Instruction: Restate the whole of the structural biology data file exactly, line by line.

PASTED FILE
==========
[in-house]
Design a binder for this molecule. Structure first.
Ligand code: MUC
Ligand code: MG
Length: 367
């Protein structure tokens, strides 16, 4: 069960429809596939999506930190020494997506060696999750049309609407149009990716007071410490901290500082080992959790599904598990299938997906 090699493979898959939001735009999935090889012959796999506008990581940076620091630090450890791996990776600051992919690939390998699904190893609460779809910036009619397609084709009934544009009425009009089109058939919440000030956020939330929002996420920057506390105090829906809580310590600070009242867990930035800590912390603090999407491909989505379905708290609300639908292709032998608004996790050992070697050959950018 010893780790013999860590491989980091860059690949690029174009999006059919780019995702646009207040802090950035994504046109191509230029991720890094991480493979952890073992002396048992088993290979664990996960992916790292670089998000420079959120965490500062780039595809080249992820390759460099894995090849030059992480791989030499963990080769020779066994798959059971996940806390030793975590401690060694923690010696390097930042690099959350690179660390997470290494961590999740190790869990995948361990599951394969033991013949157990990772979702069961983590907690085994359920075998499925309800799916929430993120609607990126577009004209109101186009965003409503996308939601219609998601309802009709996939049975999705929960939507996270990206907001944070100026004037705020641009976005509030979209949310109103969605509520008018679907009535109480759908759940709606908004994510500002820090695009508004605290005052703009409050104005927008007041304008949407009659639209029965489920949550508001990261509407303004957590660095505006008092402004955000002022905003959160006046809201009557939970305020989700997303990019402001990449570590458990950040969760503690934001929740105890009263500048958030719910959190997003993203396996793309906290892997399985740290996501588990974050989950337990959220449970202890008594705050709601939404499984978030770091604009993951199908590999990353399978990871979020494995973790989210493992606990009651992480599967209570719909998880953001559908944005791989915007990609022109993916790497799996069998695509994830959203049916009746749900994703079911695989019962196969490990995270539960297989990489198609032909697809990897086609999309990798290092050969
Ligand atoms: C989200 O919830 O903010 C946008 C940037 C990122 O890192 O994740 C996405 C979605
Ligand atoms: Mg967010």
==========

[in-house]
Design a binder for this molecule. Structure first.
Ligand code: MUC
Ligand code: MG
Length: 367
């Protein structure tokens, strides 16, 4: 069960429809596939999506930190020494997506060696999750049309609407149009990716007071410490901290500082080992959790599904598990299938997906 090699493979898959939001735009999935090889012959796999506008990581940076620091630090450890791996990776600051992919690939390998699904190893609460779809910036009619397609084709009934544009009425009009089109058939919440000030956020939330929002996420920057506390105090829906809580310590600070009242867990930035800590912390603090999407491909989505379905708290609300639908292709032998608004996790050992070697050959950018 010893780790013999860590491989980091860059690949690029174009999006059919780019995702646009207040802090950035994504046109191509230029991720890094991480493979952890073992002396048992088993290979664990996960992916790292670089998000420079959120965490500062780039595809080249992820390759460099894995090849030059992480791989030499963990080769020779066994798959059971996940806390030793975590401690060694923690010696390097930042690099959350690179660390997470290494961590999740190790869990995948361990599951394969033991013949157990990772979702069961983590907690085994359920075998499925309800799916929430993120609607990126577009004209109101186009965003409503996308939601219609998601309802009709996939049975999705929960939507996270990206907001944070100026004037705020641009976005509030979209949310109103969605509520008018679907009535109480759908759940709606908004994510500002820090695009508004605290005052703009409050104005927008007041304008949407009659639209029965489920949550508001990261509407303004957590660095505006008092402004955000002022905003959160006046809201009557939970305020989700997303990019402001990449570590458990950040969760503690934001929740105890009263500048958030719910959190997003993203396996793309906290892997399985740290996501588990974050989950337990959220449970202890008594705050709601939404499984978030770091604009993951199908590999990353399978990871979020494995973790989210493992606990009651992480599967209570719909998880953001559908944005791989915007990609022109993916790497799996069998695509994830959203049916009746749900994703079911695989019962196969490990995270539960297989990489198609032909697809990897086609999309990798290092050969
Ligand atoms: C989200 O919830 O903010 C946008 C940037 C990122 O890192 O994740 C996405 C979605
Ligand atoms: Mg967010």